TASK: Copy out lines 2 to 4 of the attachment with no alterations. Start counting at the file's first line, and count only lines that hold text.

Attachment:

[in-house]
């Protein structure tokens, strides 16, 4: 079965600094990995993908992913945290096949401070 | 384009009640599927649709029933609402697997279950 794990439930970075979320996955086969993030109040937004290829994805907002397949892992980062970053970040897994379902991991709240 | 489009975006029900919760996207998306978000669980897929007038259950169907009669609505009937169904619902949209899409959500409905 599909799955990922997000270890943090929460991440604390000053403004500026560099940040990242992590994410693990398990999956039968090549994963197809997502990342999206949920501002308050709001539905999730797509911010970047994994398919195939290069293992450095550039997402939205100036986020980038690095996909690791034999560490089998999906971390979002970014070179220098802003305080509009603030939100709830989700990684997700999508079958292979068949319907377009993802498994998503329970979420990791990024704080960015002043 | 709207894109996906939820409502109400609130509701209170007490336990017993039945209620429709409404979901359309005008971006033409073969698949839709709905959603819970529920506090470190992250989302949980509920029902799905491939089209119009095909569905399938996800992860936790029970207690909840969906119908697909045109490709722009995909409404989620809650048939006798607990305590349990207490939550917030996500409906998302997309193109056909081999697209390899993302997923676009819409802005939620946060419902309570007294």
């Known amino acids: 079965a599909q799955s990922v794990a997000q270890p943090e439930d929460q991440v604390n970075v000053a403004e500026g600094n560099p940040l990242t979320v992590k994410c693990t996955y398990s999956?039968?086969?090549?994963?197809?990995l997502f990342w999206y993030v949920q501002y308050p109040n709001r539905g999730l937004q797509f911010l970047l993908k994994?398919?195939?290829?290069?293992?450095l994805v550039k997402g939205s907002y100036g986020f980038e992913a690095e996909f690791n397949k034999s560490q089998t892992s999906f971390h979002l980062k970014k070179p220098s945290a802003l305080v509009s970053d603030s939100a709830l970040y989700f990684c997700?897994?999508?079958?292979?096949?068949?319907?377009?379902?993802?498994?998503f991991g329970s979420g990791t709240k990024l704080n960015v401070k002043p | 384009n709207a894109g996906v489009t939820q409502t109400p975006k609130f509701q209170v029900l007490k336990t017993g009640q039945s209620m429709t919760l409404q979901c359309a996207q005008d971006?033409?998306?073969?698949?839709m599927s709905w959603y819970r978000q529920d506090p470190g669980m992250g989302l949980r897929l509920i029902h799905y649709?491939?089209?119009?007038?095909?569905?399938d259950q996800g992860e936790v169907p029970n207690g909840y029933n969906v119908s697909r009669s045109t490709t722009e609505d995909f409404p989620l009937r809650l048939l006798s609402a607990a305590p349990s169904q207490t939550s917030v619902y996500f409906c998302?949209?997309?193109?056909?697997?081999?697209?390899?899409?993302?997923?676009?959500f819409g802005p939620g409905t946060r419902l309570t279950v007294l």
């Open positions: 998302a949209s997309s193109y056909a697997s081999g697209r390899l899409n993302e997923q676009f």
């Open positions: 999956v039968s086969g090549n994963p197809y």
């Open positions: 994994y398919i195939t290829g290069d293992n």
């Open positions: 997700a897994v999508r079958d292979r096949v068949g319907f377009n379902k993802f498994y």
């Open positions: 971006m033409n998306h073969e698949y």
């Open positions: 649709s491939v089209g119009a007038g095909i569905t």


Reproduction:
């Protein structure tokens, strides 16, 4: 079965600094990995993908992913945290096949401070 | 384009009640599927649709029933609402697997279950 794990439930970075979320996955086969993030109040937004290829994805907002397949892992980062970053970040897994379902991991709240 | 489009975006029900919760996207998306978000669980897929007038259950169907009669609505009937169904619902949209899409959500409905 599909799955990922997000270890943090929460991440604390000053403004500026560099940040990242992590994410693990398990999956039968090549994963197809997502990342999206949920501002308050709001539905999730797509911010970047994994398919195939290069293992450095550039997402939205100036986020980038690095996909690791034999560490089998999906971390979002970014070179220098802003305080509009603030939100709830989700990684997700999508079958292979068949319907377009993802498994998503329970979420990791990024704080960015002043 | 709207894109996906939820409502109400609130509701209170007490336990017993039945209620429709409404979901359309005008971006033409073969698949839709709905959603819970529920506090470190992250989302949980509920029902799905491939089209119009095909569905399938996800992860936790029970207690909840969906119908697909045109490709722009995909409404989620809650048939006798607990305590349990207490939550917030996500409906998302997309193109056909081999697209390899993302997923676009819409802005939620946060419902309570007294």
């Known amino acids: 079965a599909q799955s990922v794990a997000q270890p943090e439930d929460q991440v604390n970075v000053a403004e500026g600094n560099p940040l990242t979320v992590k994410c693990t996955y398990s999956?039968?086969?090549?994963?197809?990995l997502f990342w999206y993030v949920q501002y308050p109040n709001r539905g999730l937004q797509f911010l970047l993908k994994?398919?195939?290829?290069?293992?450095l994805v550039k997402g939205s907002y100036g986020f980038e992913a690095e996909f690791n397949k034999s560490q089998t892992s999906f971390h979002l980062k970014k070179p220098s945290a802003l305080v509009s970053d603030s939100a709830l970040y989700f990684c997700?897994?999508?079958?292979?096949?068949?319907?377009?379902?993802?498994?998503f991991g329970s979420g990791t709240k990024l704080n960015v401070k002043p | 384009n709207a894109g996906v489009t939820q409502t109400p975006k609130f509701q209170v029900l007490k336990t017993g009640q039945s209620m429709t919760l409404q979901c359309a996207q005008d971006?033409?998306?073969?698949?839709m599927s709905w959603y819970r978000q529920d506090p470190g669980m992250g989302l949980r897929l509920i029902h799905y649709?491939?089209?119009?007038?095909?569905?399938d259950q996800g992860e936790v169907p029970n207690g909840y029933n969906v119908s697909r009669s045109t490709t722009e609505d995909f409404p989620l009937r809650l048939l006798s609402a607990a305590p349990s169904q207490t939550s917030v619902y996500f409906c998302?949209?997309?193109?056909?697997?081999?697209?390899?899409?993302?997923?676009?959500f819409g802005p939620g409905t946060r419902l309570t279950v007294l």
């Open positions: 998302a949209s997309s193109y056909a697997s081999g697209r390899l899409n993302e997923q676009f």